If it’s a video game, the rating and rating description, like with movies and television shows, may or may not be accurate. The story of the game, the art for the game, and the type of game it is will help show what it is probably like. You can also rent it or try it if someone you know has it. Scanning over peoples’ online comments about the game may help too, if they happen to mention bad content positively, such as “how cool” it is that the “hero” can rip out evil minions’ hearts and eat them to get extra health. If you don’t see an issue or warning sign and want to try it, then just be prepared to stop playing if necessary.

For all entertainment, even reading regular reviews with no content overviews can be helpful, since they may positively or negatively reference immoral content that you would want to stay away from. It may seem like a lot of effort, but the world is filled with corruption, and you should protect yourself and your family and friends from it when possible.

Be self-controlled and alert. Your enemy the devil prowls around like a roaring lion looking for someone to devour. -- 1 Peter 5:8


There is only so much you can do in some cases to protect against corrupting entertainment, and sometimes you may decide just to try it if there are no warning signs. That’s fine, though only if you have the determination to stop and walk away, no matter how entertaining it is, should the content or worldview require it. If you cannot commit to this course of action, then it’s better if you only choose entertainment that is unlikely to have any content issues, such as that which has a content review available that vouches for it.

And there is another side of finding Godly entertainment: Peer pressure. You may know for sure something is bad, or be able to make an educated guess that it is, and yet have your friend or cousin or co-worker telling you that it’s so mind-bogglingly awesome you have to see it. Maybe millions of people love it and you supposedly haven’t truly experienced life until you’ve tried it. But whatever may be said by reviewers or peers about entertainment, know what is best for you from a spiritual perspective and never waver from it.

When you’re in heaven, which are you going to regret: That you were careful to find entertainment that was pleasing to God, or that you watched entertainment that the world adored and God hated? If you ask yourself that before you consume any entertainment, the choice may not always be easy, but it should always be clear.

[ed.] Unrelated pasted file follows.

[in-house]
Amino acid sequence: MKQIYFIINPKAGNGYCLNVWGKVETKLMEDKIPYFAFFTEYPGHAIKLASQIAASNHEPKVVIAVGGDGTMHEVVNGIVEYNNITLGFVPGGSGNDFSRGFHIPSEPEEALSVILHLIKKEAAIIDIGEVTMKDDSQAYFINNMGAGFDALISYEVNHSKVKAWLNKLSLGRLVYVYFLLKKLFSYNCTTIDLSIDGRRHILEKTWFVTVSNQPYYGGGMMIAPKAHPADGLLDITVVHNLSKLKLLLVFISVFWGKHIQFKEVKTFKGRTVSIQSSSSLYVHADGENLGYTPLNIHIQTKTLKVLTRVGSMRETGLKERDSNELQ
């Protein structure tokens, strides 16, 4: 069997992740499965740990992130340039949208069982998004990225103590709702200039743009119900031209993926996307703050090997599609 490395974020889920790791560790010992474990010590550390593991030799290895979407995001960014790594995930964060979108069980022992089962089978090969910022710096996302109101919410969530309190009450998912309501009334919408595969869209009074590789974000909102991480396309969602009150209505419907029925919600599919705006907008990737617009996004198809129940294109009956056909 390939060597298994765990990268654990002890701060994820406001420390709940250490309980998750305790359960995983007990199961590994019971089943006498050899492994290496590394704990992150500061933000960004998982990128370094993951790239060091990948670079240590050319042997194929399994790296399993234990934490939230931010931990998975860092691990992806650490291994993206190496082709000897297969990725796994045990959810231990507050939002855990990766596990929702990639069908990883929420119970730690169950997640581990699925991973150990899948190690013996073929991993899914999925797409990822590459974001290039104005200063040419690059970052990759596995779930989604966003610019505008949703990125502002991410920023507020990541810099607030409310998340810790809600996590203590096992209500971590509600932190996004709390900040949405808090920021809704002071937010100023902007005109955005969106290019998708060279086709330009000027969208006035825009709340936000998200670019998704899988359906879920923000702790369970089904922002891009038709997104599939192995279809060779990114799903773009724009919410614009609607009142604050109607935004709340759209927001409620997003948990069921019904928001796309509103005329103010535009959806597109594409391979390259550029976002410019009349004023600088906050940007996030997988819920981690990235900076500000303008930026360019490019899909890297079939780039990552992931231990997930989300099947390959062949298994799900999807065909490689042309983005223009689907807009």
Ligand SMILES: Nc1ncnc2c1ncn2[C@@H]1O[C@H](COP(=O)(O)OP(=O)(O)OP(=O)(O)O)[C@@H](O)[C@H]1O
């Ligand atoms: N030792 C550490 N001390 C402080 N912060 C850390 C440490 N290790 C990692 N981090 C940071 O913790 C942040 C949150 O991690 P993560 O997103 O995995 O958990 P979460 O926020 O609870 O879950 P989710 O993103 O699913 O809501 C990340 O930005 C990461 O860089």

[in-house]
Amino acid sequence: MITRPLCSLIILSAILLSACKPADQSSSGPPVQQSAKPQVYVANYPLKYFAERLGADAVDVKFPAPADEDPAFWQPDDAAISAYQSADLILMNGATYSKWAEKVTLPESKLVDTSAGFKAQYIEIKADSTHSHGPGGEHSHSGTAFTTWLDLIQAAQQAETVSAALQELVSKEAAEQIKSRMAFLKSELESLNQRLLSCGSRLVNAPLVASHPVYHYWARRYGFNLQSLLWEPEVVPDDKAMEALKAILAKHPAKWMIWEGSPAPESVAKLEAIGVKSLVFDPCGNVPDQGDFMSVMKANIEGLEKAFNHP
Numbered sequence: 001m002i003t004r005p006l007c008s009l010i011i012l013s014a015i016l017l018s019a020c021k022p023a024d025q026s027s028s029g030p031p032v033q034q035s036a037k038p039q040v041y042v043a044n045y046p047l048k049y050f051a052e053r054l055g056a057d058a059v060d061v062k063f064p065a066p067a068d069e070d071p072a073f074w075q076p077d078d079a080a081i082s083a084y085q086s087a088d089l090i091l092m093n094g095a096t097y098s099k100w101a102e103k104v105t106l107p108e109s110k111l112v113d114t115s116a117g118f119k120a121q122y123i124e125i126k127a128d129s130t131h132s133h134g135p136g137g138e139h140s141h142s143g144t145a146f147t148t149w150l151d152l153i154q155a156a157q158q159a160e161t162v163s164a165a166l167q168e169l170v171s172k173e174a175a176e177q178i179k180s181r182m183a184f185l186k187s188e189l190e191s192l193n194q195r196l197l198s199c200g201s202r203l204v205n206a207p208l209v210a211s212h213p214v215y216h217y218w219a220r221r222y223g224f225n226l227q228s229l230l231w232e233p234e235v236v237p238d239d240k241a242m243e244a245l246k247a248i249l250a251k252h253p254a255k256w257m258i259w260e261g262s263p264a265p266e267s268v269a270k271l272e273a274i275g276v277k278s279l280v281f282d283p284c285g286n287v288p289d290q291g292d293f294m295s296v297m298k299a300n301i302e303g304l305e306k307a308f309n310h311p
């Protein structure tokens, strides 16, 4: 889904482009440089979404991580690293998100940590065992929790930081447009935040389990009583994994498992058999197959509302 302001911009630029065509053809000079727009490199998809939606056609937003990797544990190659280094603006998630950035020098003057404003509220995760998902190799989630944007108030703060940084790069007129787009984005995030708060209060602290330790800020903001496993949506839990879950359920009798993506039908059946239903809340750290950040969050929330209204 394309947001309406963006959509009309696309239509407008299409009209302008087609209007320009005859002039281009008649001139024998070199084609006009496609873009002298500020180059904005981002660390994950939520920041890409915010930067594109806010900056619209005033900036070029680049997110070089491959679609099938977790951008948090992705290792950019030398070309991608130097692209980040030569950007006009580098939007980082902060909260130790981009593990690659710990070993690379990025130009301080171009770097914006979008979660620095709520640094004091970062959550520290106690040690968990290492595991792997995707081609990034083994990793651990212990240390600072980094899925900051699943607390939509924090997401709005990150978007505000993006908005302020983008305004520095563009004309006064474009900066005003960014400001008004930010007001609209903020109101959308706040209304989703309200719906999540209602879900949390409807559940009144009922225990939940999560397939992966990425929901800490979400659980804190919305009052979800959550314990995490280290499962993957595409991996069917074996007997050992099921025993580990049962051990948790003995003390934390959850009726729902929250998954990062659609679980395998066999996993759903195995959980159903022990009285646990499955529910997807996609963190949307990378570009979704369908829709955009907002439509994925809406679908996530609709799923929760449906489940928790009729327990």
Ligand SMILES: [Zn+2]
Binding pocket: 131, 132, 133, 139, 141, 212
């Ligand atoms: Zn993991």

Those who live according to the sinful nature have their minds set on what that nature desires; but those who live in accordance with the Spirit have their minds set on what the Spirit desires. The mind of sinful man is death, but the mind controlled by the Spirit is life and peace. -- Romans 8:5-6

Are you going to make the effort to search for Godly entertainment?

If you have already begun searching for Godly entertainment, how do you find it? Do you have any tips that others can use?


All Bible verses are from the NIV.

(c) 2012 Jonathan Garner

8 comments:

  1. Thank you for this post, Jonathan. :)

    Currently the main way I decide which films to watch is having my parents preview them, so that is one way that might be helpful -- if you are young and have someone older and trusted who is willing to watch it and let you know what is in it and help you decide whether to watch it, that is a blessing.

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    1. Thank you, Grace!

      Yes, that is a good thing. :)

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  2. Very good Jonathan!

    Do you think you could include more resources?

    I was thinking of making a catalog idea of material that has "passed," so to speak.

    Into The Book is a good resource for book reviews by Christian readers.

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    1. Thank you, Patrick!

      I might do another post on resources.

      Making a list of entertainment that passed is a good idea, and one I've long considered.

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  3. Thankyou for this article, Jonathan. It was very good, very true, well thought out, and it came at just the right time for me. :)

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    1. Thank you, BushMaid!

      I'm glad it did. :)

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  4. Great article! You have some good guidelines for previewing material. I love PluggedIn, and I've found it to be sufficient for most modern movies. Unfortunately, such a resource doesn't exist for books... yet.

    Thanks so much for speaking out on this issue and sharing your thoughts. :)

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    1. Thank you, Aubrey!

      Due to Patrick's suggestion, I'm planning to do a post listing resources, and there actually is a small book site similar to PluggedIn which I will list then. :)